Women fish processors in Côte d'Ivoire (Ivory Coast) have been looking to gain greater access to affordable fish over the course of a long-running collaborative campaign.
The latest iteration of the European Union-Côte d’Ivoire Sustainable Fisheries Partnership Agreement (SFPA) encourages E.U. shipowners to sell part of their local catch directly to Ivorian women, and SFPA sectoral support now includes a fund to help the women processors purchase the fish.
Women play a vital part in the fish value chain on the Côte d'Ivoire, where seafood is the main source of animal protein for the population, as is the case in many African coastal states. They trade, dry, salt, smoke, and market fish from the local artisanal fishery from mid-July to mid-November, and import frozen fish from Mauritania and Senegal.
For the remainder of the year, they rely on processing and selling “faux thon,” which is the undersized and damaged tuna unsuitable for the canneries, including skipjack, bullet tuna, yellowfin, bigeye, and little tunny, the most common tuna in the Atlantic Ocean.
The fish is landed by Spanish and French purse-seiners into Abidjan, the most-important tuna port in the Gulf of Guinea. The port has three international tuna canning factories that employ more than 3,000 people and produce 60,000 metric tonnes (MT) of cans and loins. Bycatch species such as marlin, sailfish, wahoo, dolphinfish, barracuda, triggerfish, and shark are also landed.
The “faux poisson” and “faux thon” have traditionally been given to fishing crews at the end of each trip, who sell it on to local middlemen and they, in turn, sell it to the women at inflated prices. Such fish used to represent a small part of the landing, but in recent years, volumes have grown to significant proportions as a result of increasing local demand in Abidjan city and bycatch associated with fish-aggregating devices (FADs).
Industrial tropical purse-seiners deploy FADs equipped with satellite linked echo-sounder buoys, which provide them with an accurate geo-location of the object and a rough estimate of the biomass aggregated underneath it, making it easier to exploit shoals of tuna.
As part of urgent conservation measures, however, 53 nation members of the International Commission for the Conservation of Atlantic Tunas (ICCAT) agreed in December 2019 to a two-month Atlantic-wide ban on FADS in 2020, and a three-month ban in 2021. The hope is that these measures, along with quota cuts, will help to reduce catches of major tunas.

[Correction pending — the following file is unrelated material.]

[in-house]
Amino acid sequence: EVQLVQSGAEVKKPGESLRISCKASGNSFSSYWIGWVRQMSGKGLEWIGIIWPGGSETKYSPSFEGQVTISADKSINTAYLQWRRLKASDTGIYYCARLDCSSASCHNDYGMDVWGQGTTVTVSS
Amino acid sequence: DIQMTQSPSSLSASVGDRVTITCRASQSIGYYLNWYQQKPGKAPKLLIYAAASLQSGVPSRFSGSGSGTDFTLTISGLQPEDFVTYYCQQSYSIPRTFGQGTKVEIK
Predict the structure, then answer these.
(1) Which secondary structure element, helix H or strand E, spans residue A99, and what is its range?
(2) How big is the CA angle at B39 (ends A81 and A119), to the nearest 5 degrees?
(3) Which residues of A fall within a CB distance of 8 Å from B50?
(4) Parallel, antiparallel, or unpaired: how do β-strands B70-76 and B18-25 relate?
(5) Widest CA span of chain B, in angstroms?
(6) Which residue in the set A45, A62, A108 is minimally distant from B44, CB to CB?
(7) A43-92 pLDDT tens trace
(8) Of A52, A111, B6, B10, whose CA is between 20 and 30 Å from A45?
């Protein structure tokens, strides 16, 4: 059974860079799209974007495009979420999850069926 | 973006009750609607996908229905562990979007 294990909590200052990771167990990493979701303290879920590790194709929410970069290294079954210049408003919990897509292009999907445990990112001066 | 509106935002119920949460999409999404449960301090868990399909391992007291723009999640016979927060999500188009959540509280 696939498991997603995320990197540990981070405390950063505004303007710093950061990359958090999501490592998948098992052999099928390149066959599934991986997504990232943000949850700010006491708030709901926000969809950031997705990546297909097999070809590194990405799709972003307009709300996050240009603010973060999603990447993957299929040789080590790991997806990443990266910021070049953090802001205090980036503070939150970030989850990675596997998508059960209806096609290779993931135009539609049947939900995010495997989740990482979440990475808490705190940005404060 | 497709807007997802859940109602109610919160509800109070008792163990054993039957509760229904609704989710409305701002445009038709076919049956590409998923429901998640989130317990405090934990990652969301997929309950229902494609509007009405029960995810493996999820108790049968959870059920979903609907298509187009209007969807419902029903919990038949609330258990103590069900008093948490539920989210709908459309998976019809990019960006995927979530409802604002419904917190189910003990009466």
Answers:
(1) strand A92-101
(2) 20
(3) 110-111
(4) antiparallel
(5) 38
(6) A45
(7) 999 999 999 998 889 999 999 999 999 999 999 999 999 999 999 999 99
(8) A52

“Over the past decade or so, the women have suffered from a declining availability of artisanal fish as a result of poor management of the stocks, and exploitation from the middlemen they rely on for access to the faux thon. They often find themselves working hard for very little return and unable to pay off their debts,” Coalition for Fair Fisheries Agreements Coordinator Beatrice Gorez told SeafoodSource.
A Belgium-based NGO, the Coalition for Fair Fisheries Agreements has been working with women in Côte d'Ivoire and their cooperatives since 2015 to help them gain better access to tuna supply.
“The past five years have not been easy, but bit by bit, progress has been made,” Gorez said.
Gorez first brought the plight of the Côte d'Ivoire women to the attention of the European Commission in 2015 at a conference organized by the Long Distance Fleet Advisory Council, of which her organization is a member. Since then, Gorez has raised questions in European Parliament and has lobbied member states and the commission – all in an effort to keep the issue alive.
“The request was simple; when there is no local fish available, help the women to gain direct access to 10,000 metric tons of faux thon through their national organization, instead of having to go through intermediaries. This small change would improve the accountability of the fish, ensure a fair price, and improve the socio-economic well-being of the women, their families, and local communities,” she said.
Gorez and the women have called for a fund to be set up to help them purchase initial quantities of fish in order to get their businesses off the ground. The money would also be used to invest in additional FTT-Thiaroye Ovens, which were introduced in Côte d’Ivoire by the FAO as a simple but efficient alternative to traditional fish-smoking methods.
“The smoking ovens have transformed the lives of the women who have access to them by providing a healthier and more hygienic work environment, instead of having to stand over smoking barrels. The end-product is also more consistent and of higher quality, while the ovens use minimal amounts of wood and produce less smoke than the traditional open fires,” Gorez said.
Many more ovens are still needed to improve the working conditions for all the women processors. Gorez said she is pleased that five years of effort is finally having a result, but explained that while having an agreement on paper is a good start, resistance remains from the middlemen. These liaising figures have “understandings” with the boats and local authorities, she said, and fear the loss of part of their own trade.
“We need the E.U. to keep the pressure up on the Côte d’Ivoire, to make sure that the women can actually buy the tuna from the boats and change their lives. And in the meantime, the women’s cooperatives are organizing local activities to make sure the authorities know that they mean business,” Gorez said.
Photo courtesy of Sophie Mahdavi/Shutterstock